In 1982, at age 15, as a high school student at Mt. Lebanon High School, Skrenta wrote the Elk Cloner virus that infected Apple II machines. It is widely believed to have been one of the first large-scale self-spreading personal computer viruses ever created.
Between 1991 and 1995, Skrenta worked at Unix System Labs and from 1996 to 1998 with IP-level encryption at Sun Microsystems. He later left Sun and became one of the founders of DMOZ. He stayed on board after the Netscape acquisition, and continued to work on the directory as well as Netscape Search, AOL Music, and AOL Shopping.
In the late 2000s, Skrenta headed the startup company Blekko Inc, which was an Internet search engine. Blekko received early investment support from Marc Andreessen and began public beta testing on November 1, 2010.
Skrenta was involved[when?][how?] in the development of VMS Monster an old MUD for VMS. VMS Monster was part of the inspiration for TinyMUD. He is also known for his role in developing TASS, an ancestor of tin, the popular threaded Usenet newsreader for Unix systems.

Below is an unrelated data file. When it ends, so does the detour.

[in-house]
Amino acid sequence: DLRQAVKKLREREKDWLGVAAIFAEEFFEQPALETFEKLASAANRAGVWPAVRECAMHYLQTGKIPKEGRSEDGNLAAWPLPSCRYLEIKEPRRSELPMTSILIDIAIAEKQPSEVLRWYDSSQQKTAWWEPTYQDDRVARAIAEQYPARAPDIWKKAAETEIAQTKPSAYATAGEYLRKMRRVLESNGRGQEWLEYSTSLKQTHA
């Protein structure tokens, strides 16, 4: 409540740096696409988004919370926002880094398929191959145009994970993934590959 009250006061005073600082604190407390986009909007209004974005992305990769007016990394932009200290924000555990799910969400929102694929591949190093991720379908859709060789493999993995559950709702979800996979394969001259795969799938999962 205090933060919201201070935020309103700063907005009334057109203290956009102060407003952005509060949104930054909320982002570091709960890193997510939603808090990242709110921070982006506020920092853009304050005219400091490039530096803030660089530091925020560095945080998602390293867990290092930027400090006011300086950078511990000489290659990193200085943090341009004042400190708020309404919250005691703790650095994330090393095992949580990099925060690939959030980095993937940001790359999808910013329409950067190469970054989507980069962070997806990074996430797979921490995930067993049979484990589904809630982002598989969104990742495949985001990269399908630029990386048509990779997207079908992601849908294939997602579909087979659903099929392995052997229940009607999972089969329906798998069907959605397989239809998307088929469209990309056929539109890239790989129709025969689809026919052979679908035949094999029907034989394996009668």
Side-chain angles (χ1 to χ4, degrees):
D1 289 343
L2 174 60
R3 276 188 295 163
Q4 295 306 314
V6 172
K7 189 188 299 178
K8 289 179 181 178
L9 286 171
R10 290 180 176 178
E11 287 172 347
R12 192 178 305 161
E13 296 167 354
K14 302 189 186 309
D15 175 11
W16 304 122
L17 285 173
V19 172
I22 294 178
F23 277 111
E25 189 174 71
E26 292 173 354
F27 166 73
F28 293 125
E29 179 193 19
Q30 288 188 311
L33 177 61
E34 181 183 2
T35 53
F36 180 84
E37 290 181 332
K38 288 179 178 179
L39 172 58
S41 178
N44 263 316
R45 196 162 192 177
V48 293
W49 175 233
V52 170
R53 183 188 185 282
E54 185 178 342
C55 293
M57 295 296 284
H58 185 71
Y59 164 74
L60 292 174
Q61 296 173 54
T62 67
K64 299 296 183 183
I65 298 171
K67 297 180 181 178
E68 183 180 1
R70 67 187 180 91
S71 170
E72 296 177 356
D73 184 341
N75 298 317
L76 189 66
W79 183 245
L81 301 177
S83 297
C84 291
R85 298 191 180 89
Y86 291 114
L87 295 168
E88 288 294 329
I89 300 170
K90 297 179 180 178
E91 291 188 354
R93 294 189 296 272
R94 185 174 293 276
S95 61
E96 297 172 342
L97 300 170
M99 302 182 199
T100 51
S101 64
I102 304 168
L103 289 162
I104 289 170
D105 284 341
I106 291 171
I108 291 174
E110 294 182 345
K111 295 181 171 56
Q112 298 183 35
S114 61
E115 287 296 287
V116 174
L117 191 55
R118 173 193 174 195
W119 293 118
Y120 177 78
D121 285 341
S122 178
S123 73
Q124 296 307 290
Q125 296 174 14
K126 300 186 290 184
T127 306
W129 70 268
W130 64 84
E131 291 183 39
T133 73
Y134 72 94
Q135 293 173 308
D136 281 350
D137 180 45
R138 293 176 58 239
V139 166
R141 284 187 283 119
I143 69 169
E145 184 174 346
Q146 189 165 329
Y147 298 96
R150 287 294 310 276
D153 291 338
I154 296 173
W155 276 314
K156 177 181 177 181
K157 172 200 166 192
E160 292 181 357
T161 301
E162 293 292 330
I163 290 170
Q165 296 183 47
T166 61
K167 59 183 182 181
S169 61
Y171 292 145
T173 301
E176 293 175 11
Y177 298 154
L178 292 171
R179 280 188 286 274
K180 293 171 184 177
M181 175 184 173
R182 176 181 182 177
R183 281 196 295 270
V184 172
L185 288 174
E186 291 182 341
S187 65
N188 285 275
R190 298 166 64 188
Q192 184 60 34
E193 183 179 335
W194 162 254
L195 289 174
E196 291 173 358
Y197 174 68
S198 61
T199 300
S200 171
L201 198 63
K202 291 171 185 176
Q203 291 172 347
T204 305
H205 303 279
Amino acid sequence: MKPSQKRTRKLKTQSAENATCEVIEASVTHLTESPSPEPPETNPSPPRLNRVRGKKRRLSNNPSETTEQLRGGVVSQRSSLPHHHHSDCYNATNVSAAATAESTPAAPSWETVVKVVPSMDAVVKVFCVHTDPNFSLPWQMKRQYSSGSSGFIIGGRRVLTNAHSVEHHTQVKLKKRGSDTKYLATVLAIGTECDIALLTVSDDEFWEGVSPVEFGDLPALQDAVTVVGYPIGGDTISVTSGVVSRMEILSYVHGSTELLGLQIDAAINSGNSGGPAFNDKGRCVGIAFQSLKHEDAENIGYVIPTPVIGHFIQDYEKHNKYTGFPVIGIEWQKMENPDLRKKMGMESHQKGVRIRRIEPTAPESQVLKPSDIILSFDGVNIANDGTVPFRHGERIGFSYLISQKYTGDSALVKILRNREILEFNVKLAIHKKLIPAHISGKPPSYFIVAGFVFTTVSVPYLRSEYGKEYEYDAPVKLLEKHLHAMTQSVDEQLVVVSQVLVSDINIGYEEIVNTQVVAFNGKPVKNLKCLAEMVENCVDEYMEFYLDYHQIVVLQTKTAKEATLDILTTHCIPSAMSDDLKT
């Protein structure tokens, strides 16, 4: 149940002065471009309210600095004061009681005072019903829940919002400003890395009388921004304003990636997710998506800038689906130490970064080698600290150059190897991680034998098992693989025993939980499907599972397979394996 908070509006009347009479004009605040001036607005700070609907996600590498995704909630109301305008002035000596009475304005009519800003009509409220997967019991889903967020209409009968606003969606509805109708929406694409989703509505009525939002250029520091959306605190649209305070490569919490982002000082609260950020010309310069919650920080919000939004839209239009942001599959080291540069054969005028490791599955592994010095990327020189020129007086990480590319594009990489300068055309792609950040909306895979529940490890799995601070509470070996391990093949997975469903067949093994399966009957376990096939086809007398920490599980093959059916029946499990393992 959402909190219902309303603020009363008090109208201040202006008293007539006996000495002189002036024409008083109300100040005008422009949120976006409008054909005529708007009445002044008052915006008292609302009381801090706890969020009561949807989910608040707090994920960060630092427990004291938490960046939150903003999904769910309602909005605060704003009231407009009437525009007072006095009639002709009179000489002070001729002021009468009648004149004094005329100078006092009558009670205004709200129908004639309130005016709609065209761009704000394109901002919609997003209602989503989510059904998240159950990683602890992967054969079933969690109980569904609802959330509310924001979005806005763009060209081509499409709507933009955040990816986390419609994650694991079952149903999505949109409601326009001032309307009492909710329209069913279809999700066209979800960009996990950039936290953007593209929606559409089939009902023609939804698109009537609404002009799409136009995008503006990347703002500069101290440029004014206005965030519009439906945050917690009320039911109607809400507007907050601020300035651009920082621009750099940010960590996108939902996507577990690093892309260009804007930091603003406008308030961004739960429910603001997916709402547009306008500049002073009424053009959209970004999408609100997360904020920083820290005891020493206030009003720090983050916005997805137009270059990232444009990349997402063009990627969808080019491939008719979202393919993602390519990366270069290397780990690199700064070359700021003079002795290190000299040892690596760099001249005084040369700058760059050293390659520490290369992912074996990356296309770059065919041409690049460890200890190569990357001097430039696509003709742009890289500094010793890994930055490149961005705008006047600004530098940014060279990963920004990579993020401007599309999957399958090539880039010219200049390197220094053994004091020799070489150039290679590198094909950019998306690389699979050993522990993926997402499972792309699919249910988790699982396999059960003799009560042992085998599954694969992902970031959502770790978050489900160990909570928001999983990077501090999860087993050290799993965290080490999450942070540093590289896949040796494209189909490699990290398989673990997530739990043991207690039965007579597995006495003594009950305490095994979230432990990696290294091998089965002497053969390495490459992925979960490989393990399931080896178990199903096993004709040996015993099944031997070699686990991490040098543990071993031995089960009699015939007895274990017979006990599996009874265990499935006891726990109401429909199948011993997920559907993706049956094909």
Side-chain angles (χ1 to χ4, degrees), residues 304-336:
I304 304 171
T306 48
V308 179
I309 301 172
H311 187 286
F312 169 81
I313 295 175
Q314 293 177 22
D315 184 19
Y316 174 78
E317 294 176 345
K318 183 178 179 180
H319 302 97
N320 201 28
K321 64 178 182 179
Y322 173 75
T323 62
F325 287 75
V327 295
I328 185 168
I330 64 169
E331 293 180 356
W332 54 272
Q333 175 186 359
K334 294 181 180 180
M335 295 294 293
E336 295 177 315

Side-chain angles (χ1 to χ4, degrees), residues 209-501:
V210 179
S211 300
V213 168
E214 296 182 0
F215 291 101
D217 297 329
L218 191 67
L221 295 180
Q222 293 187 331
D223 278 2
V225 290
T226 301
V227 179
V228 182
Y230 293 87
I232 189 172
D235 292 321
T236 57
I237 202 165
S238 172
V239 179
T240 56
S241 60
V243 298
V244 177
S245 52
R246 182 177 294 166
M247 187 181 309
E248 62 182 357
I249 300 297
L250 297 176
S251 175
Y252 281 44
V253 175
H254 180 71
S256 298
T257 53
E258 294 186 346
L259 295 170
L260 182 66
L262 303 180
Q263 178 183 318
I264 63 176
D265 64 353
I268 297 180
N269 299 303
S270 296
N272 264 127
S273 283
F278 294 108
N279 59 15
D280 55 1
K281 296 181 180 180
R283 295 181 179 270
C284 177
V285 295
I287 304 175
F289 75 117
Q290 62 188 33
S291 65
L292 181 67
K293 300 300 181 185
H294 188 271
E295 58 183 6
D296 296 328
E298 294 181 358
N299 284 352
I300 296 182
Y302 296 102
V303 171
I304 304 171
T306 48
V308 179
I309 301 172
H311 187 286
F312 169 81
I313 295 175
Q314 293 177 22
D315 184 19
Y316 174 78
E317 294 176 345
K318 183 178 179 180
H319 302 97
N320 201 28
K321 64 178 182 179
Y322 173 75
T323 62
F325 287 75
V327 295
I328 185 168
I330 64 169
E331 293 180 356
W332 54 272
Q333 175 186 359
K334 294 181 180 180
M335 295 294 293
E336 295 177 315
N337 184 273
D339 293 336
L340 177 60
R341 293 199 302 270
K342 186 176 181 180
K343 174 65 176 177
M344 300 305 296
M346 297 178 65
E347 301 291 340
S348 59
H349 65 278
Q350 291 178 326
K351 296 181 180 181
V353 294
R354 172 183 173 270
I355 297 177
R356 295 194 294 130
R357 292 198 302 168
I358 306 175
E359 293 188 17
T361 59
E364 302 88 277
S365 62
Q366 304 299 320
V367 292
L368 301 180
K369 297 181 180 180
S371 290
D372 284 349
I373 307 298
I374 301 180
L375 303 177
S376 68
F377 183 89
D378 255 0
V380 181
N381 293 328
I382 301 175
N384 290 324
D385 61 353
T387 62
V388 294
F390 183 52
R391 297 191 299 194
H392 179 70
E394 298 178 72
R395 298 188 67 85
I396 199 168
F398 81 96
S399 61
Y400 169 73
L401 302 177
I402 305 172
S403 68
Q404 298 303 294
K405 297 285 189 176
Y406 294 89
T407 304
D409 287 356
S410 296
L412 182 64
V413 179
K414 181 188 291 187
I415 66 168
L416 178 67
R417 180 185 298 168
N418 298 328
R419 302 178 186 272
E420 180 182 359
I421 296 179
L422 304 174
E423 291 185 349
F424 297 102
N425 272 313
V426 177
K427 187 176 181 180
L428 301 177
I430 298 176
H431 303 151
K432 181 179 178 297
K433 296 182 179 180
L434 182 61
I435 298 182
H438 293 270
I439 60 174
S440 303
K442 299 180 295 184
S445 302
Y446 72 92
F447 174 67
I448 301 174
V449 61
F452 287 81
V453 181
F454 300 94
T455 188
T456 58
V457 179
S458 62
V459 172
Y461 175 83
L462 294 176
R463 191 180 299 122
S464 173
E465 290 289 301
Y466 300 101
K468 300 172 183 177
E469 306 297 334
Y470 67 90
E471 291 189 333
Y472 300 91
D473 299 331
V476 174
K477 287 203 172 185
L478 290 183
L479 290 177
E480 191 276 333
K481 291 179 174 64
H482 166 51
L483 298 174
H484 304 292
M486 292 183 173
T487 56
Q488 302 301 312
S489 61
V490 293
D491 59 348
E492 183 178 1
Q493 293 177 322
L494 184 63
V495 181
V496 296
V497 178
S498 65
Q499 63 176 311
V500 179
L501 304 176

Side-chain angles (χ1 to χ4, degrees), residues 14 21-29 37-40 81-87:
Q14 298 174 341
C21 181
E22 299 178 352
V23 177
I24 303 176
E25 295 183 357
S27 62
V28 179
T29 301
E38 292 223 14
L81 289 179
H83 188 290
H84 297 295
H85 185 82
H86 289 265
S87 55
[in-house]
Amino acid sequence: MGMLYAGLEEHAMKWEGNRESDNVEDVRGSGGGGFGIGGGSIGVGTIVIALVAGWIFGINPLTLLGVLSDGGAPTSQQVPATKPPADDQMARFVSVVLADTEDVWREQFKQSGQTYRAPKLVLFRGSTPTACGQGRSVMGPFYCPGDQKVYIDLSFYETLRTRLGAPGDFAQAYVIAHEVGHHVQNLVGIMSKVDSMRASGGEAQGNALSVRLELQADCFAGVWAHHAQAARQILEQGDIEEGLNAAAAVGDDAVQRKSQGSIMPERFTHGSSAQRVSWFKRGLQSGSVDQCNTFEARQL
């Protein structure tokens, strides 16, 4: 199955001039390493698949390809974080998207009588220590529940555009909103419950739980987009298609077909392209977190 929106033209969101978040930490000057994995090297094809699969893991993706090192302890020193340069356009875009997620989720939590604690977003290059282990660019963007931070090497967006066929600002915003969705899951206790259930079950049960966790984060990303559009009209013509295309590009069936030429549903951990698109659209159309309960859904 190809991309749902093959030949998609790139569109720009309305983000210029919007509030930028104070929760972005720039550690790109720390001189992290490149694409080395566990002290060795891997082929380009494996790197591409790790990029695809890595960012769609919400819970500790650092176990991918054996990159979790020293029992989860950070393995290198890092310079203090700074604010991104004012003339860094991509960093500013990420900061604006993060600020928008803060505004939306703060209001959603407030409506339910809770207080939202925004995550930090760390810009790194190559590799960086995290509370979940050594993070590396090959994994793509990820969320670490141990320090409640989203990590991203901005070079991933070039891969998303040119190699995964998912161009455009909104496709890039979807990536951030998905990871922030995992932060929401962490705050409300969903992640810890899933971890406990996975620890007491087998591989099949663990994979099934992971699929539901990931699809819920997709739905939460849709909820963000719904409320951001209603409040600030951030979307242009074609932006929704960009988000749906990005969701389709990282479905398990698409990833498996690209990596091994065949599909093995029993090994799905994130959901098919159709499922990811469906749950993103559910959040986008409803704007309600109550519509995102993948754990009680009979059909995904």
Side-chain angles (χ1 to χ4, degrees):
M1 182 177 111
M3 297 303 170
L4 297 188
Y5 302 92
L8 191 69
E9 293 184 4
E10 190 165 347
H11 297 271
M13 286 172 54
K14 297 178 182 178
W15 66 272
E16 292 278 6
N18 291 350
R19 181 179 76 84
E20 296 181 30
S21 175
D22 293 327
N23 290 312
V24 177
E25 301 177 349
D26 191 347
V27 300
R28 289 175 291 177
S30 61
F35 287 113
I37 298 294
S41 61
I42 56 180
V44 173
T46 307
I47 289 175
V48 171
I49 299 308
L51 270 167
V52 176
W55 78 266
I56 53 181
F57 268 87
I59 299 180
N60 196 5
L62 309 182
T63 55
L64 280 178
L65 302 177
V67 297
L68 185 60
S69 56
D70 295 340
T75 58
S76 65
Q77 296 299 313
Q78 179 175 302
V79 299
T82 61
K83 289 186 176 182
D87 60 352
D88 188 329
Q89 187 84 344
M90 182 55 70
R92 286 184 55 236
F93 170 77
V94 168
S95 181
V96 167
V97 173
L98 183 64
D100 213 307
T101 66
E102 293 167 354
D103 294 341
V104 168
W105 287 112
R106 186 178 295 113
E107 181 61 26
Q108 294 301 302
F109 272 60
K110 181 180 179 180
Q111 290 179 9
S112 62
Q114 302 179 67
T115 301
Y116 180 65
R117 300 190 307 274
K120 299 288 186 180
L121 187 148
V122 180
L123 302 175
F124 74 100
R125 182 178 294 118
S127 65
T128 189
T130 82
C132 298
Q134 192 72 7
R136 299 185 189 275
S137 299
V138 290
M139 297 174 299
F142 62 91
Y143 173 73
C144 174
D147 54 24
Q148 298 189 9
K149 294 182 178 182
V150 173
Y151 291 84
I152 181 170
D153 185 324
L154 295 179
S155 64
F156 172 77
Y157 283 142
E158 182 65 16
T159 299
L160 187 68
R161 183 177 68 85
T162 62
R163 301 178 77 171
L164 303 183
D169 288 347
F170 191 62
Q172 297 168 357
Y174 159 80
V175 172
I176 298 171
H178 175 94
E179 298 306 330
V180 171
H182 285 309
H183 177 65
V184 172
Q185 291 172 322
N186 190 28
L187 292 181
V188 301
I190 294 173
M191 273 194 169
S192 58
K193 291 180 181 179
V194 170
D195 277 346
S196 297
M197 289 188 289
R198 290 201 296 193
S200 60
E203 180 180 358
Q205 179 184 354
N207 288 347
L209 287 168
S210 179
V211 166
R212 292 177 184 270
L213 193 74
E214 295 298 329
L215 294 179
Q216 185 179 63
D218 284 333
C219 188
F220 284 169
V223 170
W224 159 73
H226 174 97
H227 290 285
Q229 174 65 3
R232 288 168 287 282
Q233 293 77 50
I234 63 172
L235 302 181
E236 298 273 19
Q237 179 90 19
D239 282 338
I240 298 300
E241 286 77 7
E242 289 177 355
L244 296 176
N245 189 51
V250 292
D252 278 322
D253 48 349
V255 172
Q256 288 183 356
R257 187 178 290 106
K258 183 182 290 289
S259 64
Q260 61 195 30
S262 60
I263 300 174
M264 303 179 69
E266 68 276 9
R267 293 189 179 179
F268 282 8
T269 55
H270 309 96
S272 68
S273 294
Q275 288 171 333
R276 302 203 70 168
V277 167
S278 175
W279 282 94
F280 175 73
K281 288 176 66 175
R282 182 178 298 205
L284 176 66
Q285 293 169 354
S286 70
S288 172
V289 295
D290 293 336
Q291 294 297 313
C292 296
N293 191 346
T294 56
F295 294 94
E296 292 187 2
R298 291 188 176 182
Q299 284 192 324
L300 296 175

- Arrington, Michael (2008-01-02). "The Next Google Search Challenger: Blekko". TechCrunch, 2 January 2008. Retrieved from http://www.techcrunch.com/2008/01/02/the-next-google-search-challenger-blekko/.
- Associated Press (2007-08-31). "Prank starts 25 years of computer security woes". CTV.
- Olympia homepage
- USA Today (2007-04-01). "Interview with Topix founder Rich Skrenta". Retrieved 2010-05-22.
- Start-Up Blekko Tries to Take On Google The Wall Street Journal, October 31, 2010
- Stealth Search Engine Blekko Gets Money From Marc Andreessen, SoftTech TechCrunch, May 14, 2008
- Wollman, Dana (2010-11-02). "Blekko launches human-driven search engine". News & Record. Associated Press. Retrieved 2010-11-03.
- "Data, Data, Everywhere Data. Now a Better Way to Understand It". IBM. March 27, 2015. Retrieved 2016-02-04.
- Tass threaded newsreader Rich Skrenta's Official Tass Page